Old Testament Lesson Amos 8:4-7
Second Lesson 1 Timothy 2:1-15
Gospel Lesson Luke 16:1-15
Grace, mercy, and peace from God our Father, and our Lord and Savior, Jesus Christ. Amen. The text for our meditation this day is the gospel lesson just read. [Luke 16:1-15]
In the gospels, there are over thirty-one ‘teachings of Jesus’ called parables. And if you count the times Jesus taught by using examples or metaphors that were parabolic in nature, then that number is closer to sixty-five. In fact, the parable seems to be Jesus’ choice of teaching form; his teaching style.
He told his disciples that he taught in parables so that those who did not believe wouldn’t get it and those who did believe would get it. In other words, parables aren’t meant to be clear and obvious teachings, but rather, teachings that require thought and understanding to discern; thought and understanding that comes from the Holy Spirit.
So, using that understanding, that revelation that comes from the Spirit, what is the parable in today’s gospel reading teaching us? Does it teach us that dishonesty is OK if it gets you what you need? Does it teach that the end justifies the means? When we compare this parable to the other teachings of Jesus, it doesn’t seem to fit; not then, not now.
Just picture this happening in our day. The manager would’ve been in double trouble wouldn’t he? First he skims the profits for himself, and then he cooks the books to impress the master’s debtors! And he gets caught with his hand in the till both times!
But then, just when we’re thinking, “How foolish can this guy be?” The Master praises him for his shrewdness. He doesn’t have him locked up. He doesn’t demand repayment. He doesn’t do anything but take away his managership.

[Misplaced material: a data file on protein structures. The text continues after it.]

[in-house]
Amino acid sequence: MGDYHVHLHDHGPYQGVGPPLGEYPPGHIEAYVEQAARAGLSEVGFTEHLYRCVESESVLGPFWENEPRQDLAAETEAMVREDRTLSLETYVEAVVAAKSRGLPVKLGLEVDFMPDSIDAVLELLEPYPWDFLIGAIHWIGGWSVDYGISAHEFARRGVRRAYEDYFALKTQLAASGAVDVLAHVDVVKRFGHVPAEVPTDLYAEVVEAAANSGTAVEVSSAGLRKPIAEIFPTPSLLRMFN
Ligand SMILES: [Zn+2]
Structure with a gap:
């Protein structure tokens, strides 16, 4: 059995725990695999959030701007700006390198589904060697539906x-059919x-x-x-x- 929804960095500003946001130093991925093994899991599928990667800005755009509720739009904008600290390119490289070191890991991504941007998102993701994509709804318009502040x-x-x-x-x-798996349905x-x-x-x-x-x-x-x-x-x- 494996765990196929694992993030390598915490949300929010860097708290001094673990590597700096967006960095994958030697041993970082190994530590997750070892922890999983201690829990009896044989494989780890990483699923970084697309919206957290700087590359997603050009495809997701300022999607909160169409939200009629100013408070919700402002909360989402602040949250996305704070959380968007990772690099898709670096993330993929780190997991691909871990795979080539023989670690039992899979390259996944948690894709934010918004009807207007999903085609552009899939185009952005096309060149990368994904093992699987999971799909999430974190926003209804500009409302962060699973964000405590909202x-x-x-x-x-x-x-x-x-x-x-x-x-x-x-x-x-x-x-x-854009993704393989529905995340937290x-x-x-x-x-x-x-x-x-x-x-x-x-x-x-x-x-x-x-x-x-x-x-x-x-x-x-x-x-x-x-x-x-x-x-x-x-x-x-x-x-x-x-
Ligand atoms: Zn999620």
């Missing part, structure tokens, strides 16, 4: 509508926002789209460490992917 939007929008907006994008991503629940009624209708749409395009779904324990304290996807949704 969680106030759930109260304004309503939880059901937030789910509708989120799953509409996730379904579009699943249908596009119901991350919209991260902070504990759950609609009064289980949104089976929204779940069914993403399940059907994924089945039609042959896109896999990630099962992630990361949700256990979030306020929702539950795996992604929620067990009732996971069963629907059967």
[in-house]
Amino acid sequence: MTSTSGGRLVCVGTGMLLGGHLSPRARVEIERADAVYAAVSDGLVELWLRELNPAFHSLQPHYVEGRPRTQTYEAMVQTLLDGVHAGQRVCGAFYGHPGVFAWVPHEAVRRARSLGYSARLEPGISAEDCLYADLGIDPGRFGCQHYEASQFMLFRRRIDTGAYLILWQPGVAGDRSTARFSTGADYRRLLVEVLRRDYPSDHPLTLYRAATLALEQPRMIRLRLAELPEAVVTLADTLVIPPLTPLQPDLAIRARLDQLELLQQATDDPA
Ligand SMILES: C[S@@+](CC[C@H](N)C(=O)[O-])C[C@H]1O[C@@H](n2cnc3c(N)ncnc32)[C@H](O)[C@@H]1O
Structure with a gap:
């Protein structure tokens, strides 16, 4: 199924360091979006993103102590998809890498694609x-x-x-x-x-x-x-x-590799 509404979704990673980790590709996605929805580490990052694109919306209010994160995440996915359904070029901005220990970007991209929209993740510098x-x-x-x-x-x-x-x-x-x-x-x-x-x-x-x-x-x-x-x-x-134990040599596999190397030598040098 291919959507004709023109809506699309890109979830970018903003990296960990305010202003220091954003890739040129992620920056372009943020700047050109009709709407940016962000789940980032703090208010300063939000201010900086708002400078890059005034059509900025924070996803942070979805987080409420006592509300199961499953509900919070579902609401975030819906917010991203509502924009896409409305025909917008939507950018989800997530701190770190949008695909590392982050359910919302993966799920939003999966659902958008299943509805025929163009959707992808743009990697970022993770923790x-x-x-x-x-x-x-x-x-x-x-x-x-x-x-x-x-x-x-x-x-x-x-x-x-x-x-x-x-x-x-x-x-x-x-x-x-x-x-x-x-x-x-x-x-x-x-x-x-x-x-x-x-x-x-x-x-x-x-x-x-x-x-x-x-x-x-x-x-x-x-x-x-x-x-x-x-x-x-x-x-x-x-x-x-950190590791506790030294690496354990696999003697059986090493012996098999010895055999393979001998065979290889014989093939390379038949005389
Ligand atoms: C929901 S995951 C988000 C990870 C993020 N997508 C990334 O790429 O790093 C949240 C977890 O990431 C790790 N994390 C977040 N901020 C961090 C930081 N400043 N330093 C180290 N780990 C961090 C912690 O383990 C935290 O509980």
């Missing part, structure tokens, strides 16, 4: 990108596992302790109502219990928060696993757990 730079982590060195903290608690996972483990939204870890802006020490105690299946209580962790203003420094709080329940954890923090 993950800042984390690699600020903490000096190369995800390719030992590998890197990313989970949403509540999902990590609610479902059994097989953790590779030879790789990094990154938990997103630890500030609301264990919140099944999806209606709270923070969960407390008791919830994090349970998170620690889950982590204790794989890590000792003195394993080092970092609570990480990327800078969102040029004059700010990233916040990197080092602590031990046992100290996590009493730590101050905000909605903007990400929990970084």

In our world the rich man would’ve called for an audit right away. He would’ve found out exactly who’d tried to cheat him and by how much and he would’ve demanded justice; not just repayment of what he was owed, but punishment for those who’d tried to deceive him. In our world the rich man’s servant and those other debtors would’ve been fined and maybe even locked up.
But like so many of the teachings of Jesus, we’re shown that the values of our world are in direct opposition to God’s values. If we look at these parables through the eyes of our world, all we get is confusion. All we see is a paradox; but when the Spirit reveals God’s truth to us we look at these parables and see God teaching us about himself and our relationship to him. And then, instead of bringing us confusion, this parable brings us hope and joy.
Without the Spirit, what do our eyes see? What jumps out front and center? We see the Master’s servant sneaking around behind the Master’s back, trying to get whatever he could get away with before he could get caught; … but think about how little time he had to do all the damage he was doing. Granted, there was no internet, no social media, but the word would still have traveled fast. He had to know he’d get caught; yet he did it anyway.
Yes, he was desperate; but he wasn’t stupid. He knew he’d get caught, but he did it anyway; … why? … Why? Because he knew his master was a merciful man; and he trusted in his master’s mercy despite his own personal sinfulness.